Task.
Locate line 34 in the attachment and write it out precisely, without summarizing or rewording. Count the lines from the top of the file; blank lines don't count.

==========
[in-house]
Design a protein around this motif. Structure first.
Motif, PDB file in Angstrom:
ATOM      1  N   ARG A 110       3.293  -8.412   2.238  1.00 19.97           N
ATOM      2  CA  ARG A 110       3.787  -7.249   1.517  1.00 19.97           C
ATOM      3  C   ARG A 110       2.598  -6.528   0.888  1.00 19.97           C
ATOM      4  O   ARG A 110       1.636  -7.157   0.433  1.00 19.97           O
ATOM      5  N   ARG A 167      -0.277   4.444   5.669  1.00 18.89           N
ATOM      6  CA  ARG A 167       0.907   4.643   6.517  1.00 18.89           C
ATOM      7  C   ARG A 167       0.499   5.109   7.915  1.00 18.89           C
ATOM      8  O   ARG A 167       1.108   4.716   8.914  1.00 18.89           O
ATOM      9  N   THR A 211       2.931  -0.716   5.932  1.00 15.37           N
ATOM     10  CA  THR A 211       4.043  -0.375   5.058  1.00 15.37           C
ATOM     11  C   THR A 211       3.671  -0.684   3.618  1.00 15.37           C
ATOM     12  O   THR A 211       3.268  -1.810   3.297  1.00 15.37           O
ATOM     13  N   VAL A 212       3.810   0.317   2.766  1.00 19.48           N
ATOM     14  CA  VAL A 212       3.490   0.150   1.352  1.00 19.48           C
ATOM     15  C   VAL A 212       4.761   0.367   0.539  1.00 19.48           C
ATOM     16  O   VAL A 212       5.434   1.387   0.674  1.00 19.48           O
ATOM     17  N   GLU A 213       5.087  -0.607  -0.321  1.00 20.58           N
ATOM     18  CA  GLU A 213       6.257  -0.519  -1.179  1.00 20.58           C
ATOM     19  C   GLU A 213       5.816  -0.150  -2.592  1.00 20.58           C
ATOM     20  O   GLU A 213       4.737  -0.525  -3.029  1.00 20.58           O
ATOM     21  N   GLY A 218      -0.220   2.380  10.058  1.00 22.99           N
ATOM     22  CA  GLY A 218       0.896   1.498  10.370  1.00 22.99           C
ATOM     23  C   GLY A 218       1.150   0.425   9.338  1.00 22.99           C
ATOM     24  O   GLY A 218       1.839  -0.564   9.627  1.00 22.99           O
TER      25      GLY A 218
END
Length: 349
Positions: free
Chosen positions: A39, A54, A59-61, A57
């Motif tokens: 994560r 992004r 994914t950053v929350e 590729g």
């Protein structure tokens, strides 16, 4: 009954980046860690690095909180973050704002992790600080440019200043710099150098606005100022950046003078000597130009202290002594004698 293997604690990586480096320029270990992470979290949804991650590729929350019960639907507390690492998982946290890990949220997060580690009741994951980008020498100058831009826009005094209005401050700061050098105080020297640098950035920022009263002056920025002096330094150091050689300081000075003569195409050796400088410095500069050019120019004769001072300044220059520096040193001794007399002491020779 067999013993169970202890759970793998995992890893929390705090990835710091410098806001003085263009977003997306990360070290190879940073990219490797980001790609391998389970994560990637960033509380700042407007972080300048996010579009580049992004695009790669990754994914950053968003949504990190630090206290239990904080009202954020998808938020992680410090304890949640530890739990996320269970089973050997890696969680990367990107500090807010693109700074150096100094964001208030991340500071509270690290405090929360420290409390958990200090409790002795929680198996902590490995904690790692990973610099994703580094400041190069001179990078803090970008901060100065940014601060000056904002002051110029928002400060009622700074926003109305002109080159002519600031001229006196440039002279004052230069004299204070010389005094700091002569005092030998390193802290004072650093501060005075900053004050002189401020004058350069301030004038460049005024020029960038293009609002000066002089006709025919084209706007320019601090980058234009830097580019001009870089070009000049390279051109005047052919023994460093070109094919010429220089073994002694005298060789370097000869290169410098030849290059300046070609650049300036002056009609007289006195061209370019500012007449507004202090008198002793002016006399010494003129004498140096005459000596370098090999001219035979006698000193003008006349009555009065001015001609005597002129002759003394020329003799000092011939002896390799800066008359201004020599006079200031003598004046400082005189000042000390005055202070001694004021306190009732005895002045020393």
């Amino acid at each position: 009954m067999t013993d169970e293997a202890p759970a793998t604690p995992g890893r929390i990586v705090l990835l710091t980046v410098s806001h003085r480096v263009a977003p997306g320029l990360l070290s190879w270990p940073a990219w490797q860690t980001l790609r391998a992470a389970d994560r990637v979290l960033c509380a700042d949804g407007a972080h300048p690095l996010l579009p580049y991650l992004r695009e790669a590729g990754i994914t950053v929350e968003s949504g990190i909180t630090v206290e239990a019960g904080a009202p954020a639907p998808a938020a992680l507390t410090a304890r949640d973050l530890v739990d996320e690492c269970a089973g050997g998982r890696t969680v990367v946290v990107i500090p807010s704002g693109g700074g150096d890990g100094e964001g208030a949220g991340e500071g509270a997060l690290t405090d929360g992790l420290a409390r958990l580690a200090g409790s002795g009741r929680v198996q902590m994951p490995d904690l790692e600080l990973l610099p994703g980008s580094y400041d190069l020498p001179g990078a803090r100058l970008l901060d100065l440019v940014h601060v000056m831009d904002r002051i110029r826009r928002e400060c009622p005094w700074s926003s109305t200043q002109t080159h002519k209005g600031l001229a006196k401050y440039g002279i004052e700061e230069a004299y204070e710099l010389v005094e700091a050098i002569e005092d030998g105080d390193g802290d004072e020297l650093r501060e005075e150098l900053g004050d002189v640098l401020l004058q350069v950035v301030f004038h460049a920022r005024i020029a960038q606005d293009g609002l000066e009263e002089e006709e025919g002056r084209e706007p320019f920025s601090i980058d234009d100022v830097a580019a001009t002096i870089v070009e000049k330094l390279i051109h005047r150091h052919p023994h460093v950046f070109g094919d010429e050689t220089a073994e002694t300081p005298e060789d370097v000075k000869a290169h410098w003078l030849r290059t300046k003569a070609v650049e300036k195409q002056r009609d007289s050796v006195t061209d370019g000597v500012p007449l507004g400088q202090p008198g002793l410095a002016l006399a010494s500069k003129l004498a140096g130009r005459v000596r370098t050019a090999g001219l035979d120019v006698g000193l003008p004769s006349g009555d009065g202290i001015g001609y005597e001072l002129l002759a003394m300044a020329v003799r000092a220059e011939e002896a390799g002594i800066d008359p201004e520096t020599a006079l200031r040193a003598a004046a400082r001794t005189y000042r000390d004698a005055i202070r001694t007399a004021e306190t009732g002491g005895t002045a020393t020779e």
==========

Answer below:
């Protein structure tokens, strides 16, 4: 009954980046860690690095909180973050704002992790600080440019200043710099150098606005100022950046003078000597130009202290002594004698 293997604690990586480096320029270990992470979290949804991650590729929350019960639907507390690492998982946290890990949220997060580690009741994951980008020498100058831009826009005094209005401050700061050098105080020297640098950035920022009263002056920025002096330094150091050689300081000075003569195409050796400088410095500069050019120019004769001072300044220059520096040193001794007399002491020779 067999013993169970202890759970793998995992890893929390705090990835710091410098806001003085263009977003997306990360070290190879940073990219490797980001790609391998389970994560990637960033509380700042407007972080300048996010579009580049992004695009790669990754994914950053968003949504990190630090206290239990904080009202954020998808938020992680410090304890949640530890739990996320269970089973050997890696969680990367990107500090807010693109700074150096100094964001208030991340500071509270690290405090929360420290409390958990200090409790002795929680198996902590490995904690790692990973610099994703580094400041190069001179990078803090970008901060100065940014601060000056904002002051110029928002400060009622700074926003109305002109080159002519600031001229006196440039002279004052230069004299204070010389005094700091002569005092030998390193802290004072650093501060005075900053004050002189401020004058350069301030004038460049005024020029960038293009609002000066002089006709025919084209706007320019601090980058234009830097580019001009870089070009000049390279051109005047052919023994460093070109094919010429220089073994002694005298060789370097000869290169410098030849290059300046070609650049300036002056009609007289006195061209370019500012007449507004202090008198002793002016006399010494003129004498140096005459000596370098090999001219035979006698000193003008006349009555009065001015001609005597002129002759003394020329003799000092011939002896390799800066008359201004020599006079200031003598004046400082005189000042000390005055202070001694004021306190009732005895002045020393």